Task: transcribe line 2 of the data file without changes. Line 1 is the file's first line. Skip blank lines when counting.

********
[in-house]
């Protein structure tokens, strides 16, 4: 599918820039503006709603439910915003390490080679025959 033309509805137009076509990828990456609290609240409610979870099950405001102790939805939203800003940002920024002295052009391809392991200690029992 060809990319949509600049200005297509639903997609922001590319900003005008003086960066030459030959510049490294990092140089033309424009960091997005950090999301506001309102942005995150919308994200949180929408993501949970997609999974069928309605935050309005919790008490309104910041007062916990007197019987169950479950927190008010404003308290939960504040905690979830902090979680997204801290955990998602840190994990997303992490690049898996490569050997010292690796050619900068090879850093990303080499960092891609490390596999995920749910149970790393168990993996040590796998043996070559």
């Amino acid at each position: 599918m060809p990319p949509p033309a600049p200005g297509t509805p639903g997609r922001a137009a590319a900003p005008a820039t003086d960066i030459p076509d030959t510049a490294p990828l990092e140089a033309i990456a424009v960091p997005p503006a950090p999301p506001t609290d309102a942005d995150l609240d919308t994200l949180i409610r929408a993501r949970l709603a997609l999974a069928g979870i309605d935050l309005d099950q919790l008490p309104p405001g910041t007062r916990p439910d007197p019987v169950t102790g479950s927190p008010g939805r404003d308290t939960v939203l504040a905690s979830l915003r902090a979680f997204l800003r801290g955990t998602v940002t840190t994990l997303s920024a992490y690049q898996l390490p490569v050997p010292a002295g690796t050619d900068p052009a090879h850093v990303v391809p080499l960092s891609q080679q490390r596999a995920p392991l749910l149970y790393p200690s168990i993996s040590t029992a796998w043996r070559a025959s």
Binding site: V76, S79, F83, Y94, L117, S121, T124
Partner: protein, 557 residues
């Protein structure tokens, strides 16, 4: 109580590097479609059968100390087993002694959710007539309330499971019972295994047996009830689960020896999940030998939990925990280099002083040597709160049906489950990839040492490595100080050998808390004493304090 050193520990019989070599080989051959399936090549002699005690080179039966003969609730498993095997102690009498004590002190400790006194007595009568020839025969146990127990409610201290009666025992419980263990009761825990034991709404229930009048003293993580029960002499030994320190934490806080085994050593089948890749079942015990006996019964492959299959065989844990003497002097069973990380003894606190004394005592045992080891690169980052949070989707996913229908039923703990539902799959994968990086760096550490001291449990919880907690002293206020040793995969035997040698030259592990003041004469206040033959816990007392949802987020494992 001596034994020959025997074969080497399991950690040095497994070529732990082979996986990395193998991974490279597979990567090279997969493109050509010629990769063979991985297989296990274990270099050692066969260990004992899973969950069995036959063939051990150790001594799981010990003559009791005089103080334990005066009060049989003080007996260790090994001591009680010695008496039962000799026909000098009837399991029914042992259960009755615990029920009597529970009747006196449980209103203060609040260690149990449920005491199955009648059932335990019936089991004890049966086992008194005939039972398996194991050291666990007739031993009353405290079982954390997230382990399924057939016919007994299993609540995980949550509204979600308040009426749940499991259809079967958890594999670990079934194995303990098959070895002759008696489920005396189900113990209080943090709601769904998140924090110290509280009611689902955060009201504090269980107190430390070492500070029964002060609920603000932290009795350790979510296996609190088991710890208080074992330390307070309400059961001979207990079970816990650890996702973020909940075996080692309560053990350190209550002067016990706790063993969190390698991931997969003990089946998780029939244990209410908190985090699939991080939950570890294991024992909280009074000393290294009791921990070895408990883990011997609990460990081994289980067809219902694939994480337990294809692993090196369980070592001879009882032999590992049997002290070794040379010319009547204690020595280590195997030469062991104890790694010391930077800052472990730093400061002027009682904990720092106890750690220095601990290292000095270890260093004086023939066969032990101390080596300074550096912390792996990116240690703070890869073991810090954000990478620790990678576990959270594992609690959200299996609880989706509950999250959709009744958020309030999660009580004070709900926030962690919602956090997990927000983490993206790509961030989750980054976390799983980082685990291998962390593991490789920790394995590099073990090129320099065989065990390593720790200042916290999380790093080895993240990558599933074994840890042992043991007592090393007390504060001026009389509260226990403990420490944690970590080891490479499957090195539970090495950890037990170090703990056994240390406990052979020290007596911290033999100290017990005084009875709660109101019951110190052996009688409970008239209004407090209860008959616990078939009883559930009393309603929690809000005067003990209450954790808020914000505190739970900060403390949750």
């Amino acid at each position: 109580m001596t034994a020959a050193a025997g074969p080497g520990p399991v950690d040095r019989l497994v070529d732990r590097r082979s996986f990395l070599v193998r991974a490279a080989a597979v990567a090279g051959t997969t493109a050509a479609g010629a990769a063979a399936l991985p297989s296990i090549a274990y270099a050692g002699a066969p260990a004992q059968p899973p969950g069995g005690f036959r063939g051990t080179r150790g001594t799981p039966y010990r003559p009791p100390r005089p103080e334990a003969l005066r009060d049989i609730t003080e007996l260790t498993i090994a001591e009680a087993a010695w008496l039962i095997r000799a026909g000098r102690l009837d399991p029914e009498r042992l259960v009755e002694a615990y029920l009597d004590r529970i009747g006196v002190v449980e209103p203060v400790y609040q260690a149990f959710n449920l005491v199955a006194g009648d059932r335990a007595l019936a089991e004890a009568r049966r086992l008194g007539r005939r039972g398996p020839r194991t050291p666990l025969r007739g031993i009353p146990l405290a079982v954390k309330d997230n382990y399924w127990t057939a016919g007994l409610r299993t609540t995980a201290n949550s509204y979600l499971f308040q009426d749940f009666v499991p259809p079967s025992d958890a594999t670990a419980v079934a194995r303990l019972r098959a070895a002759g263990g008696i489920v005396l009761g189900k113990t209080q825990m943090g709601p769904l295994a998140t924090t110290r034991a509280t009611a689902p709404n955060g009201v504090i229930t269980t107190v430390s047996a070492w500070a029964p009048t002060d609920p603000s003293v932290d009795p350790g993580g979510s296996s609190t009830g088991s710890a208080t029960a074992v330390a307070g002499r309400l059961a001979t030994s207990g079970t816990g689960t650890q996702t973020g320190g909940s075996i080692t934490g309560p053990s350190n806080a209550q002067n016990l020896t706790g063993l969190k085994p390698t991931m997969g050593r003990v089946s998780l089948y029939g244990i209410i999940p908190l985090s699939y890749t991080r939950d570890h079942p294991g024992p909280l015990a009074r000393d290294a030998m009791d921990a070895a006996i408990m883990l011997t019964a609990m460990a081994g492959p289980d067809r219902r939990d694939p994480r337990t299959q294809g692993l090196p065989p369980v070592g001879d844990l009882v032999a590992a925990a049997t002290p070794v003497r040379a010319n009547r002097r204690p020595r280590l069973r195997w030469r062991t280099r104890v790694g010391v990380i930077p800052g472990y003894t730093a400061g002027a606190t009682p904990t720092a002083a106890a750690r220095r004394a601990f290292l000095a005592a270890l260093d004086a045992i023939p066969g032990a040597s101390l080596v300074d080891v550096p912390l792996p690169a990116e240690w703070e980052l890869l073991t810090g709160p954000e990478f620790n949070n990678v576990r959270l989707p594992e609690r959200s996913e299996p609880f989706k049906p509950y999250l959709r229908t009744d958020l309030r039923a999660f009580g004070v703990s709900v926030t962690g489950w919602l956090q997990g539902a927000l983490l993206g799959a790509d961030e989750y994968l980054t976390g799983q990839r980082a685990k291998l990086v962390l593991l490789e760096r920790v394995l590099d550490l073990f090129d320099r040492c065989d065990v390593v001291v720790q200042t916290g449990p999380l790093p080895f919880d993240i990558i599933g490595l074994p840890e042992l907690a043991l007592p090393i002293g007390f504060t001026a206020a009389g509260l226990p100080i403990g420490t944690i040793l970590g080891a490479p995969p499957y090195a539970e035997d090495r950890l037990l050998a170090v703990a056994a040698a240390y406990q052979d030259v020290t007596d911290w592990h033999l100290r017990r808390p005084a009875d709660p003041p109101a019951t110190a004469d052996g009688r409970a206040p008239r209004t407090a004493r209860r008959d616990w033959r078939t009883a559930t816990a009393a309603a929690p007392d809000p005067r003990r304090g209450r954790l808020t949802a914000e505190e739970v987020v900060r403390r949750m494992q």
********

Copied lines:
């Protein structure tokens, strides 16, 4: 599918820039503006709603439910915003390490080679025959 033309509805137009076509990828990456609290609240409610979870099950405001102790939805939203800003940002920024002295052009391809392991200690029992 060809990319949509600049200005297509639903997609922001590319900003005008003086960066030459030959510049490294990092140089033309424009960091997005950090999301506001309102942005995150919308994200949180929408993501949970997609999974069928309605935050309005919790008490309104910041007062916990007197019987169950479950927190008010404003308290939960504040905690979830902090979680997204801290955990998602840190994990997303992490690049898996490569050997010292690796050619900068090879850093990303080499960092891609490390596999995920749910149970790393168990993996040590796998043996070559």